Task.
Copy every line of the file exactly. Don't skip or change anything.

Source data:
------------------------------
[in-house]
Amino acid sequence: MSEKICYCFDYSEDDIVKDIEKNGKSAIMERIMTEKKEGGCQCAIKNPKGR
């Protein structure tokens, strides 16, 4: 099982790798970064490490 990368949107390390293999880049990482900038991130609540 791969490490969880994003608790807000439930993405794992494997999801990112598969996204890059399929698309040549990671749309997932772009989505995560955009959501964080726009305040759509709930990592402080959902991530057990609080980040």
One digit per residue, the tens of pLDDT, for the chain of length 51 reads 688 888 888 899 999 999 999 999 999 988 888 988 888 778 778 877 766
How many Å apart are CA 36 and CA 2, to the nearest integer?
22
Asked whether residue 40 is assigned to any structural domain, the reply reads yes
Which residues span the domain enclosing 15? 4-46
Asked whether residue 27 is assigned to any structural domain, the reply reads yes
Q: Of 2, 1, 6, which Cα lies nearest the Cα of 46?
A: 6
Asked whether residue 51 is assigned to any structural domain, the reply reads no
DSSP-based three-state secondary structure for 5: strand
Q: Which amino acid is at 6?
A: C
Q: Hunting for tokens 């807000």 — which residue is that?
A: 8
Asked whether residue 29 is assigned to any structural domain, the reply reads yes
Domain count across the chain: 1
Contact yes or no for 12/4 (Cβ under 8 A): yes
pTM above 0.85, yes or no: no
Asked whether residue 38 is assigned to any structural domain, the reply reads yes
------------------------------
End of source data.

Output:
[in-house]
Amino acid sequence: MSEKICYCFDYSEDDIVKDIEKNGKSAIMERIMTEKKEGGCQCAIKNPKGR
């Protein structure tokens, strides 16, 4: 099982790798970064490490 990368949107390390293999880049990482900038991130609540 791969490490969880994003608790807000439930993405794992494997999801990112598969996204890059399929698309040549990671749309997932772009989505995560955009959501964080726009305040759509709930990592402080959902991530057990609080980040």
One digit per residue, the tens of pLDDT, for the chain of length 51 reads 688 888 888 899 999 999 999 999 999 988 888 988 888 778 778 877 766
How many Å apart are CA 36 and CA 2, to the nearest integer?
22
Asked whether residue 40 is assigned to any structural domain, the reply reads yes
Which residues span the domain enclosing 15? 4-46
Asked whether residue 27 is assigned to any structural domain, the reply reads yes
Q: Of 2, 1, 6, which Cα lies nearest the Cα of 46?
A: 6
Asked whether residue 51 is assigned to any structural domain, the reply reads no
DSSP-based three-state secondary structure for 5: strand
Q: Which amino acid is at 6?
A: C
Q: Hunting for tokens 């807000």 — which residue is that?
A: 8
Asked whether residue 29 is assigned to any structural domain, the reply reads yes
Domain count across the chain: 1
Contact yes or no for 12/4 (Cβ under 8 A): yes
pTM above 0.85, yes or no: no
Asked whether residue 38 is assigned to any structural domain, the reply reads yes